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The Firm as a Pool of Factor Complementarities

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  • Lindbeck, Assar
  • Snower, Dennis J.

Abstract

This Paper presents a new approach to the theory of the firm by identifying factor complementarities as central to the determination of the firm’s boundaries. The factor complementarities may take a variety of forms: technological and informational complementarities, as well as economies of scale and scope. We examine the trade-off between the gains from these complementarities and transactions costs. In so doing, we must abandon the standard dichotomy between the determinants of plant size and firm size. The influence of factor complementarities on firm size is examined in partial and general equilibrium frameworks.

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Bibliographic Info

Paper provided by C.E.P.R. Discussion Papers in its series CEPR Discussion Papers with number 4242.

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Date of creation: Feb 2004
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Handle: RePEc:cpr:ceprdp:4242

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Keywords: economies of scale and scope; factor complementarities; firm; transaction costs;

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References

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  1. Oliver Hart & Sanford Grossman, 1985. "The Costs and Benefits of Ownership: A Theory of Vertical and Lateral Integration," Working papers 372, Massachusetts Institute of Technology (MIT), Department of Economics.
  2. Lindbeck, Assar & Snower, Dennis J., 1997. "Reorganization of Firms and Labor Market Inequality," Seminar Papers 605, Stockholm University, Institute for International Economic Studies.
  3. Bengt Holmstrom, 1982. "Moral Hazard in Teams," Bell Journal of Economics, The RAND Corporation, vol. 13(2), pages 324-340, Autumn.
  4. Mathias Dewatripont & Patrick Bolton, 1996. "The firm as a communication network," ULB Institutional Repository 2013/9597, ULB -- Universite Libre de Bruxelles.
  5. Armen A. Alchian & Harold Demsetz, 1971. "Production, Information Costs and Economic Organizations," UCLA Economics Working Papers 10A, UCLA Department of Economics.
  6. Klein, Benjamin & Crawford, Robert G & Alchian, Armen A, 1978. "Vertical Integration, Appropriable Rents, and the Competitive Contracting Process," Journal of Law and Economics, University of Chicago Press, vol. 21(2), pages 297-326, October.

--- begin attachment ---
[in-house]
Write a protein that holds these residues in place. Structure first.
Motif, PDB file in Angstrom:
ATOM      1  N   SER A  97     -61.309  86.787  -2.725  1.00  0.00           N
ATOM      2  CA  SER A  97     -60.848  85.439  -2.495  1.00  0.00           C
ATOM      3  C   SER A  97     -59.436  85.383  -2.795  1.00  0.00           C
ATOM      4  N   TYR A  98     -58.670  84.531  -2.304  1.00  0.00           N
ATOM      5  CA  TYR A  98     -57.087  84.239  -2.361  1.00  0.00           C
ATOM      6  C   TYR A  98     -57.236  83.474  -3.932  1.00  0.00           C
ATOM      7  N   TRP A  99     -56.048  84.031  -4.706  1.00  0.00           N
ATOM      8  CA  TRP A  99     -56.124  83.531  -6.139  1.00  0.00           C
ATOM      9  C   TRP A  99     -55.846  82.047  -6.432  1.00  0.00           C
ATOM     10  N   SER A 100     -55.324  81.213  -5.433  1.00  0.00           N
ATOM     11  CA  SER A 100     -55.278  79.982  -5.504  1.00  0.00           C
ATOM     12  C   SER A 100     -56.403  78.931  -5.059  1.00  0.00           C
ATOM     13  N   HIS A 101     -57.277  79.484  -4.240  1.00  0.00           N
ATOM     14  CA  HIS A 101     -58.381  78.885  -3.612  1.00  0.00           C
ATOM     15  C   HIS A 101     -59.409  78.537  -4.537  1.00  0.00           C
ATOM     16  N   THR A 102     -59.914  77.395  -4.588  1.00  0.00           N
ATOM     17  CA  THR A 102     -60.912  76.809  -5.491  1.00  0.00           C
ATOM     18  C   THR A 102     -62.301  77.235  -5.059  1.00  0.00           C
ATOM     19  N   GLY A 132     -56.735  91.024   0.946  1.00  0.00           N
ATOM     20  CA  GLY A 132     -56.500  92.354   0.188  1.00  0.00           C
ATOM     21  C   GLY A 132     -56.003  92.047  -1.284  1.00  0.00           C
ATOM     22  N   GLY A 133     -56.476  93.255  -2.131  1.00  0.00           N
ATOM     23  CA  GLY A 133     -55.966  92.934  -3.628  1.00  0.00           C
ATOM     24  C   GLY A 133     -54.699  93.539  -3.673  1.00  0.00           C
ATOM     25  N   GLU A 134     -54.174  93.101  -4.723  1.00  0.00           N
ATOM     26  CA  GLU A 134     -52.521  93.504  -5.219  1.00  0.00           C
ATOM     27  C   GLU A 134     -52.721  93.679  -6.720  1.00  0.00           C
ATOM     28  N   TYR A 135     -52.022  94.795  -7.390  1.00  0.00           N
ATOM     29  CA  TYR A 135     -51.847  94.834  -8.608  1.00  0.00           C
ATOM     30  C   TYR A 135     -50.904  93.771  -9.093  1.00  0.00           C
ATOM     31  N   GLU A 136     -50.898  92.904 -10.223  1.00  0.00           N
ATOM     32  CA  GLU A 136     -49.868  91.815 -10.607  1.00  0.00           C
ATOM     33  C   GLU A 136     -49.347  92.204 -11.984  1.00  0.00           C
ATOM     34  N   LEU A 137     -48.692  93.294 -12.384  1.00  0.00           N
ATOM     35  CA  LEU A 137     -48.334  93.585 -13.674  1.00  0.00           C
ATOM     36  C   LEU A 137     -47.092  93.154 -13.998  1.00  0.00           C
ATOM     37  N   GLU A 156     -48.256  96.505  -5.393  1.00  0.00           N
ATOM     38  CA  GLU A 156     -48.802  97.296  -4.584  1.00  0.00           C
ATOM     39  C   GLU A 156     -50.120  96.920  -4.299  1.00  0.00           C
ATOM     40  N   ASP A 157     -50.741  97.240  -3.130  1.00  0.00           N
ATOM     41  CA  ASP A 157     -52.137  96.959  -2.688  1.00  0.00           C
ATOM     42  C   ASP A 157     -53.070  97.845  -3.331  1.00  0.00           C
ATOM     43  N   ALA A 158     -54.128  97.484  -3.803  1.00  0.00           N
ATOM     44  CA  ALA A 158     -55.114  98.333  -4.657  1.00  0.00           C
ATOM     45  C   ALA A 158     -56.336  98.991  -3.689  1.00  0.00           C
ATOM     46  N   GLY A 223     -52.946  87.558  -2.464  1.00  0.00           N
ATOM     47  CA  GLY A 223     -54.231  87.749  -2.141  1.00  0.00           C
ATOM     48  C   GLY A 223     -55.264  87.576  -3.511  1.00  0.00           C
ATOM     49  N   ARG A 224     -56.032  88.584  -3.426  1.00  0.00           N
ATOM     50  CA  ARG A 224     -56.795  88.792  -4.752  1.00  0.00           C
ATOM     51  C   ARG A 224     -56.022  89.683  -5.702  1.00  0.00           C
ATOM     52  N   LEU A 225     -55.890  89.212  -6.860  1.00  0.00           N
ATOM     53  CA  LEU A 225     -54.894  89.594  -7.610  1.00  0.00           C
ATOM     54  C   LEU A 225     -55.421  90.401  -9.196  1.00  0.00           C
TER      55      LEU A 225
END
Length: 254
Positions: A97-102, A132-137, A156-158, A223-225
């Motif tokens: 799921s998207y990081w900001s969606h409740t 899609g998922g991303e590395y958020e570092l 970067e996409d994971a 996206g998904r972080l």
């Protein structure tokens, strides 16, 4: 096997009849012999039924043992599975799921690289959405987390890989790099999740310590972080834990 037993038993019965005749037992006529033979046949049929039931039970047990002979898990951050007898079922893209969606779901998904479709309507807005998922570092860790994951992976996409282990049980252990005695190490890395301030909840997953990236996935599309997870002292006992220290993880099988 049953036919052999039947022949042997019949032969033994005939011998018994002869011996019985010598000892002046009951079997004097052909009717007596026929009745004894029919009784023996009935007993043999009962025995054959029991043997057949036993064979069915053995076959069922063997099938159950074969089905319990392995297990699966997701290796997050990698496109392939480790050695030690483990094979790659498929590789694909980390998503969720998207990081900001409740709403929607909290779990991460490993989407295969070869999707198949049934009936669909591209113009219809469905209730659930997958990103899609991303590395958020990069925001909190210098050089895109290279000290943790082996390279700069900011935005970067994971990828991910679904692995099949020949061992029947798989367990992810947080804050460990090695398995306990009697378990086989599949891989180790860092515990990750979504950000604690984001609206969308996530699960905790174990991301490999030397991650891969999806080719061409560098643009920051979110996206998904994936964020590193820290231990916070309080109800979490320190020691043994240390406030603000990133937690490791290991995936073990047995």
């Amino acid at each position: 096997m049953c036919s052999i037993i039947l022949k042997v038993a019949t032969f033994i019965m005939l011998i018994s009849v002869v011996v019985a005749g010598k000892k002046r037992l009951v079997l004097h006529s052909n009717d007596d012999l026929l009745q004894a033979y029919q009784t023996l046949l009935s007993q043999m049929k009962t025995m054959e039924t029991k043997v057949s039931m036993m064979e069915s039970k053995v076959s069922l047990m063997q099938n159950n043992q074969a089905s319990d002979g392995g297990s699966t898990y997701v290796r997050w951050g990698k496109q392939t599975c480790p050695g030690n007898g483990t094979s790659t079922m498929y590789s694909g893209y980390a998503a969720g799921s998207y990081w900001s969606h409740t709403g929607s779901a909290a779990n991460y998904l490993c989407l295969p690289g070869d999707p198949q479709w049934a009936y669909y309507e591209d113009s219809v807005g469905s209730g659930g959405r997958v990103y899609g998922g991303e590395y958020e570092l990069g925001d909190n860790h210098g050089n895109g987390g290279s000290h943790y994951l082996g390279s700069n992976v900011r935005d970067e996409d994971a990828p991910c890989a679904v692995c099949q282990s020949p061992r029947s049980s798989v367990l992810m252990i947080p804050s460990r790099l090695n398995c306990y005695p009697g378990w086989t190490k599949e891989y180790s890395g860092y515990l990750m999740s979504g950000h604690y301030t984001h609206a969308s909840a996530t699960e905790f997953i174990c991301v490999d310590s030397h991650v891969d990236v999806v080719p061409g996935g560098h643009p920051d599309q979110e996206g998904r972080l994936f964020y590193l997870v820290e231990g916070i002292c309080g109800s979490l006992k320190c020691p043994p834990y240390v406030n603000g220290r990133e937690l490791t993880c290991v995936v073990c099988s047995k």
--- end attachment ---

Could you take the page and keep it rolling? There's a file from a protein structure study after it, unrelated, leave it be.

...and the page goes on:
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Cited by:
  1. Werner Hölzl, 2005. "The evolutionary theory of the firm: Routines, complexity and change," Working Papers geewp46, Vienna University of Economics Research Group: Growth and Employment in Europe: Sustainability and Competitiveness.
  2. Arvanitis, Spyros & Loukis, Euripidis N., 2009. "Information and communication technologies, human capital, workplace organization and labour productivity: A comparative study based on firm-level data for Greece and Switzerland," Information Economics and Policy, Elsevier, vol. 21(1), pages 43-61, February.
  3. Alla Lileeva & Johannes Van Biesebroeck, 2007. "Outsourcing when Investments are Specific and Complementary," Working Papers tecipa-287, University of Toronto, Department of Economics.
  4. Riccardo Leoni & Giuseppe Usai, 2004. "Organizations Between Systemic and Epistemological Complexities. An Introduction," Rivista di Politica Economica, SIPI Spa, vol. 94(1), pages 3-25, January-F.
  5. Horst Raff & Michael Ryan, 2006. "Firm-Specific Characteristics and the Timing of Foreign Direct Investment Projects," CESifo Working Paper Series 1874, CESifo Group Munich.
  6. Constantinescu, Madalina, 2008. "Knowledge Management through the Lens of Innovation and Labour Productivity in a Knowledge Based Economy," MPRA Paper 8930, University Library of Munich, Germany.
  7. Aurora García-Gallego & Nikolaos Georgantzís & Joan Martín-Montaner & Teodosio Pérez-Amaral, 2012. "(How) Do research and administrative duties affect university professors’ teaching?," Documentos del Instituto Complutense de Análisis Económico 2012-22, Universidad Complutense de Madrid, Facultad de Ciencias Económicas y Empresariales.

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